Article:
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review

PRO Discover Stem

7
£69.99

VERDICT:

7
10
Nicely executed beefy stem for playing in the dirt, with handy ports for your cables and wires
Tidy looks
Matches other PRO Bike Gear gravel parts
High-strength alloy and plenty of it
More rise would be nice
Weight: 
161g

The Discover stem from Shimano's component offshoot PRO Bike Gear is a sturdy, tidily made unit that does a capable job of connecting your handlebar with your steerer. Aside from visually matching PRO's other gravel bike parts it's unremarkable, but a very competent job nevertheless.

The most significant features of the PRO Discover stem are the 7075 aluminium alloy it's made from and the handy hole by the steerer clamp for your cables. It's fitting that a Japanese company should be using 7075 aluminium as this blend of aluminium, zinc, magnesium and copper was originally developed in secret by a Japanese company, Sumitomo Metal, way back in 1935. It's still one of the strongest aluminium alloys around (its tensile strength is 572 Mpa, almost twice the 290 MPa of 6061 aluminium), and therefore a very sensible material for a critical component like a stem.[1]

> Find your nearest dealer here

To help keep your handlebar area tidy, PRO has given you a little hole through which to route your cables and Di2 wires so they can pass through the interior of the matching Discover handlebar. If not having cables flapping in the breeze makes you happy then this is a nice feature to have.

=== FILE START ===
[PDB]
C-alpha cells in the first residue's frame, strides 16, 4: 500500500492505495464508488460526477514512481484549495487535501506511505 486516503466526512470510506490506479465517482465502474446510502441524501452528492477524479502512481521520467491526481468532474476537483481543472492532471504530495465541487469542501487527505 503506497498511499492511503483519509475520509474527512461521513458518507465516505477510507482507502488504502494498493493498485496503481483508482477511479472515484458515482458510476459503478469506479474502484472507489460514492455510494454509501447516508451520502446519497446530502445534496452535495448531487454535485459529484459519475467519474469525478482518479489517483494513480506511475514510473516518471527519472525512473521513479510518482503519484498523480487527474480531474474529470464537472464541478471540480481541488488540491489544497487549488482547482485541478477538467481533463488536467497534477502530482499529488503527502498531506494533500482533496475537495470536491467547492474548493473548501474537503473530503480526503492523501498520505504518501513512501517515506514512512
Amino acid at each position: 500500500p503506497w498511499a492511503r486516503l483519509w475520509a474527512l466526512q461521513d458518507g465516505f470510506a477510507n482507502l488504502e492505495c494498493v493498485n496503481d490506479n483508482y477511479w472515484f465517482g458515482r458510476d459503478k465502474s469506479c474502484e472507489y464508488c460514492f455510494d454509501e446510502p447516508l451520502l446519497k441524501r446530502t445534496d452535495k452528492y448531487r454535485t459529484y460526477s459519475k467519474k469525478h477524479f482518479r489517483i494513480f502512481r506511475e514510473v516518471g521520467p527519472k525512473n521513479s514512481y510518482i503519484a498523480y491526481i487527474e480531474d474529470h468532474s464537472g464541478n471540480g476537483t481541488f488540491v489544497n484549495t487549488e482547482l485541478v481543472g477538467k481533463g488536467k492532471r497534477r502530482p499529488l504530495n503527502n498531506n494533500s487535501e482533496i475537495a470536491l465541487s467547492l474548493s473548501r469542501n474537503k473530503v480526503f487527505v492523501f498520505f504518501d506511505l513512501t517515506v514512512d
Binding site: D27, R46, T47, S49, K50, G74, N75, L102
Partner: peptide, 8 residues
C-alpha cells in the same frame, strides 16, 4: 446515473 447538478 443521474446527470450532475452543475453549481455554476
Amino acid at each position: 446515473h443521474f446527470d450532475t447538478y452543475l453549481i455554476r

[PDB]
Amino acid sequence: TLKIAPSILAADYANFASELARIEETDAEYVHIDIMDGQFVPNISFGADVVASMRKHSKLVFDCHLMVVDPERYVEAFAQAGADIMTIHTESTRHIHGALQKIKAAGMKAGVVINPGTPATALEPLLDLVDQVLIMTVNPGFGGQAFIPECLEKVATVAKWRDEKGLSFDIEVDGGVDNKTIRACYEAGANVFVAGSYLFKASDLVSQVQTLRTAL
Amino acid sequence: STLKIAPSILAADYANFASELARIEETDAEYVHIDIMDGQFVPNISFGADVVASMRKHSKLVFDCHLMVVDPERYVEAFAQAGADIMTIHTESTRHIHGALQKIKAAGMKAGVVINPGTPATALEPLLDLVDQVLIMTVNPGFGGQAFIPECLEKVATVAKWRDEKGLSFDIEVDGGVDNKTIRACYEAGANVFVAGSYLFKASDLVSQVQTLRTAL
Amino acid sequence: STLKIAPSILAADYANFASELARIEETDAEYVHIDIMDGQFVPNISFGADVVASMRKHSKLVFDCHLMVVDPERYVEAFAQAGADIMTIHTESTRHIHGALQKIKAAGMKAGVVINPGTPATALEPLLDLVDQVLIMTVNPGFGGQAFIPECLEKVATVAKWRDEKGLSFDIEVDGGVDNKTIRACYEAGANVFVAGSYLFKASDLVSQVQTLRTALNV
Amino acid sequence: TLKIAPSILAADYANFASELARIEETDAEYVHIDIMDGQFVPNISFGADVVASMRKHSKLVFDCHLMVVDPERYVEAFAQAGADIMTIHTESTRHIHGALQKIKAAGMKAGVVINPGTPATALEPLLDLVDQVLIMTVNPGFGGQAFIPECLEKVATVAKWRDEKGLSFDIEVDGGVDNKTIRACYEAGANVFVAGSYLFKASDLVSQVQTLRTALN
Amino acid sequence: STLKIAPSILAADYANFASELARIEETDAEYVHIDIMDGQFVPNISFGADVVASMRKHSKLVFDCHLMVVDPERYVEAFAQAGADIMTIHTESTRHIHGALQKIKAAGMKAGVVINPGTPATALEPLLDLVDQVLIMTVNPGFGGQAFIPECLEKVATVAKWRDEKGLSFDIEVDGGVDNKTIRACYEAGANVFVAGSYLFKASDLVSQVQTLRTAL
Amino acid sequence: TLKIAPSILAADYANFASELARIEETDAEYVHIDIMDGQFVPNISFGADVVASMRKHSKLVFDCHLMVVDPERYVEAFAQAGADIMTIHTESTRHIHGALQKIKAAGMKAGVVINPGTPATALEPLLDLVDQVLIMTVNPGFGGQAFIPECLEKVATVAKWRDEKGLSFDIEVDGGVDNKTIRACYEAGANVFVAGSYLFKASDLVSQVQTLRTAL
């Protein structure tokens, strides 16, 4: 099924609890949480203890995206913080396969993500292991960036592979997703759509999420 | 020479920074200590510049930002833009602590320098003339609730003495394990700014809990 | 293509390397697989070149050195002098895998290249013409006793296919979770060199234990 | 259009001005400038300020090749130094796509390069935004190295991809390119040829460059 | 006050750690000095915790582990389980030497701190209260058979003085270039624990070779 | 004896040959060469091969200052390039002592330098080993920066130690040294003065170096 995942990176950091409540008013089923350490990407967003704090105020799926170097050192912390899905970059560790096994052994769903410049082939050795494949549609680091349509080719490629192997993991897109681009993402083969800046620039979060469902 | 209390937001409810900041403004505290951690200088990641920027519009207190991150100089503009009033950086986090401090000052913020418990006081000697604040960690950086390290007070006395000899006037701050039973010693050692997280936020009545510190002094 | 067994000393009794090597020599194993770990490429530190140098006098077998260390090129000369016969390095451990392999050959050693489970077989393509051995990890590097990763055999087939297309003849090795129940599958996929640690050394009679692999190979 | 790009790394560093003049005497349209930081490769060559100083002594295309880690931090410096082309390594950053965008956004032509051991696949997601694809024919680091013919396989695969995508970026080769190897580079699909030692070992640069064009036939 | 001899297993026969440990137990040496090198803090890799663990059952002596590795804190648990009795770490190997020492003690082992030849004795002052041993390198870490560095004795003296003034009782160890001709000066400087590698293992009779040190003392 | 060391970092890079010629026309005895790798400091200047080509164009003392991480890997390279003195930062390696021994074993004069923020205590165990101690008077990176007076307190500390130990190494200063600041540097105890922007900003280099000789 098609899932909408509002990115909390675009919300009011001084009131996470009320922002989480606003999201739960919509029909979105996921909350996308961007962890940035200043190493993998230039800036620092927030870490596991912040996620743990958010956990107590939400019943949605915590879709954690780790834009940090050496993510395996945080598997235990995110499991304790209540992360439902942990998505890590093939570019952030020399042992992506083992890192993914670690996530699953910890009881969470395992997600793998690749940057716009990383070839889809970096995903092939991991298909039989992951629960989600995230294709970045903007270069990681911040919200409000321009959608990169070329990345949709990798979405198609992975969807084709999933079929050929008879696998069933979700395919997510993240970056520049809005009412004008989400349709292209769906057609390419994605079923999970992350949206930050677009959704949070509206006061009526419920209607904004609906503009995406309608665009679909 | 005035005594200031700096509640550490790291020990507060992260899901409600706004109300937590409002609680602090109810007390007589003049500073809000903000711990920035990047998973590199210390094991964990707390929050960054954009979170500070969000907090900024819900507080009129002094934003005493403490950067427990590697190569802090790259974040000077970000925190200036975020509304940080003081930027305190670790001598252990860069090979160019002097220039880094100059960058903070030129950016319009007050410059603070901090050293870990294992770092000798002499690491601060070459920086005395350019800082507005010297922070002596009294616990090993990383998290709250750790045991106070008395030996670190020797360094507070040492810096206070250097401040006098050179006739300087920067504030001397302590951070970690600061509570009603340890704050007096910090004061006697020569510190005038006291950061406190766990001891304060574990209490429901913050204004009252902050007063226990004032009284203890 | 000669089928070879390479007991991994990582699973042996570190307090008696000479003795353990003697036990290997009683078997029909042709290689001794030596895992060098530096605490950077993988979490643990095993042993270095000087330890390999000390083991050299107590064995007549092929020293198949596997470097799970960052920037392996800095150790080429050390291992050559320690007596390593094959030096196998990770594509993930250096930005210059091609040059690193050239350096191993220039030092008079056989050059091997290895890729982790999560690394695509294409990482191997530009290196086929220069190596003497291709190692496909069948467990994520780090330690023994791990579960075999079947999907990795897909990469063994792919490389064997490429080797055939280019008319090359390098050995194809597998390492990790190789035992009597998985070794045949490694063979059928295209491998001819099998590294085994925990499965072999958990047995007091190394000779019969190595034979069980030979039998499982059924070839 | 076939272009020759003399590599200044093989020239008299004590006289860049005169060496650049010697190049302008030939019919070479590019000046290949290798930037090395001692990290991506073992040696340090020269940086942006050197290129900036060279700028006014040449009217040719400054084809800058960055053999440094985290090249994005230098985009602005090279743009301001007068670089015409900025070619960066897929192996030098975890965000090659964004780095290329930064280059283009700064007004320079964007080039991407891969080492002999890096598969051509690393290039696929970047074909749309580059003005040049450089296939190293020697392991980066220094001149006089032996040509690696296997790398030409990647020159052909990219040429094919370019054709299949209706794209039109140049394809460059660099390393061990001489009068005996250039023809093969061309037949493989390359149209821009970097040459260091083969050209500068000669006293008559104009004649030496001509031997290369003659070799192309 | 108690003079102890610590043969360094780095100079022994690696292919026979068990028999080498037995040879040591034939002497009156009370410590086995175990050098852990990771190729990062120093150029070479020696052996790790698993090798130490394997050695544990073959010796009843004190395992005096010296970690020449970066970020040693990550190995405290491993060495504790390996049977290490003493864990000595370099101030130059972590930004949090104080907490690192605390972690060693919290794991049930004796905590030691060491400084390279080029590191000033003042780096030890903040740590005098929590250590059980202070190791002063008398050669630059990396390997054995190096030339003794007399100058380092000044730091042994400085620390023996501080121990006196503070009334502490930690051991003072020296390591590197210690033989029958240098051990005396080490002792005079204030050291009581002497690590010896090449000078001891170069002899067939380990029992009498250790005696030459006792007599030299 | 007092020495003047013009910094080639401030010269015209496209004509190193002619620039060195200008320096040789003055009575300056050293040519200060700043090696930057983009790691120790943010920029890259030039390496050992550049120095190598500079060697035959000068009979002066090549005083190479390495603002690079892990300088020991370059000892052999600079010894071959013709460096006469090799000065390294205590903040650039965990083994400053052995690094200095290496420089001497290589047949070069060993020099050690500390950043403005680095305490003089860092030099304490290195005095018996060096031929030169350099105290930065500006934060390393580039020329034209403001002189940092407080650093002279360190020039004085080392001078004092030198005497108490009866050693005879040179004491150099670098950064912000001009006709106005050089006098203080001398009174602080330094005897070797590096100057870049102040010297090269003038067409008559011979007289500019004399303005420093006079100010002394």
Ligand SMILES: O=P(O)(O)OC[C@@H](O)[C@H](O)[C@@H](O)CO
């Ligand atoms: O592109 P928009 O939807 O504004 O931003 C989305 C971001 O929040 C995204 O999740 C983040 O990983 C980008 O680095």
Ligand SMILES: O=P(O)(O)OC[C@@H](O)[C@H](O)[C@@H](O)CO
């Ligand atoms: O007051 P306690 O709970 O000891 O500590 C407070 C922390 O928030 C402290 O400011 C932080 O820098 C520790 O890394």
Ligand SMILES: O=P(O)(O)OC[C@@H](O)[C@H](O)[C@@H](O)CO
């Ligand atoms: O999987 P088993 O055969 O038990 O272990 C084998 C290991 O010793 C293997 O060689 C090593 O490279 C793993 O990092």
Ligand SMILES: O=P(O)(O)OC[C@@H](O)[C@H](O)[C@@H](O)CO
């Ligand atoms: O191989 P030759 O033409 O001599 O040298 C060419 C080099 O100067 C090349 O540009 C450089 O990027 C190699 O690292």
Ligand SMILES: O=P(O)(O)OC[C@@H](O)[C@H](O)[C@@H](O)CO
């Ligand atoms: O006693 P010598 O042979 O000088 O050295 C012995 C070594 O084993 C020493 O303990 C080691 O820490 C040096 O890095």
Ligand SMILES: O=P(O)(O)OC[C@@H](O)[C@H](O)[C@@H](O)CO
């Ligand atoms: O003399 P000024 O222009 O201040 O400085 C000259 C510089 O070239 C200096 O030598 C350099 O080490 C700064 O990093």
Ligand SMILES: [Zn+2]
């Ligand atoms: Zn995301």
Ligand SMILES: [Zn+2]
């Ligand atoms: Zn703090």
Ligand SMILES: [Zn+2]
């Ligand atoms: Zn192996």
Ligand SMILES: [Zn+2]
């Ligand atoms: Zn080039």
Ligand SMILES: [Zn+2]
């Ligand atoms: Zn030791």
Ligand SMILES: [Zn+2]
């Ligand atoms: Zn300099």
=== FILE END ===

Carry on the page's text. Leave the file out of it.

The PRO Discover stem is held in place by 4mm steel bolts, two on the steerer clamp, four holding on the faceplate. Pet peeve KLAXON: the steerer bolts face in opposite directions, so to tighten the damn thing you have to switch sides instead of just moving your hex key up a couple of centimetres.

Pro Discover Stem 3.jpg

Oddly, the extension is six degrees from a right angle. For me at least, I want the drops on a gravel bike about where the hoods are on a road bike, and a rise of just six degrees doesn't lift them very much. It'd be nice if PRO offered some other options too, like 15 degrees or even 25 degrees. That'd give PRO a second market too: very flexible speed demons who want a very low position.

Pro Discover Stem 4.jpg

In use you just don't notice the Discover stem, which is the way it should be. You turn your handlebar, the Discover stem turns your steerer and, er, that's it.

> How to choose the right stem length

You've got an awful lot of choice when it comes to handlebar stems, so how does the PRO Discover stack up?

This isn't the stem to buy if weight matters to you. At 161g in a 100mm length it's up there with famously beefy stems like the Thomson X4; it's not far off twice the weight of an Extralite Hyperstem, though it's also half the price.

But weight clearly isn't what the PRO Discover is all about. This is a seriously sturdy stem made from the strongest aluminium alloy in widespread use, and therefore a deeply reassuring thing to have connecting your handlebar to your stem.

Pro Discover Stem 2.jpg

Given that it's £70, sceptics are going to say that this is yet another example of things being more expensive because gravel, and there's perhaps some truth in that. But if you're barrelling down a steep forest road at 40mph you might feel the reassurance of this beefy beast is well worth having.

> 9 ways to make your bike more comfortable

[1] To head off a deluge of comments from people who know more about materials science than me (not hard), yes I know ultimate tensile strength isn't the only property that matters here. A component designer will take into account yield strength, elongation at yield, corrosion resistance and a raft of other properties. Nevertheless it's reassuring that this stem isn't much lighter than some 6061 stems but is made from a far stronger material.

Verdict

Nicely executed beefy stem for playing in the dirt, with handy ports for your cables and wires

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road.cc test report

Make and model: PRO Discover Stem

Size tested: 100mm

Tell us what the product is for and who it's aimed at. What do the manufacturers say about it? How does that compare to your own feelings about it?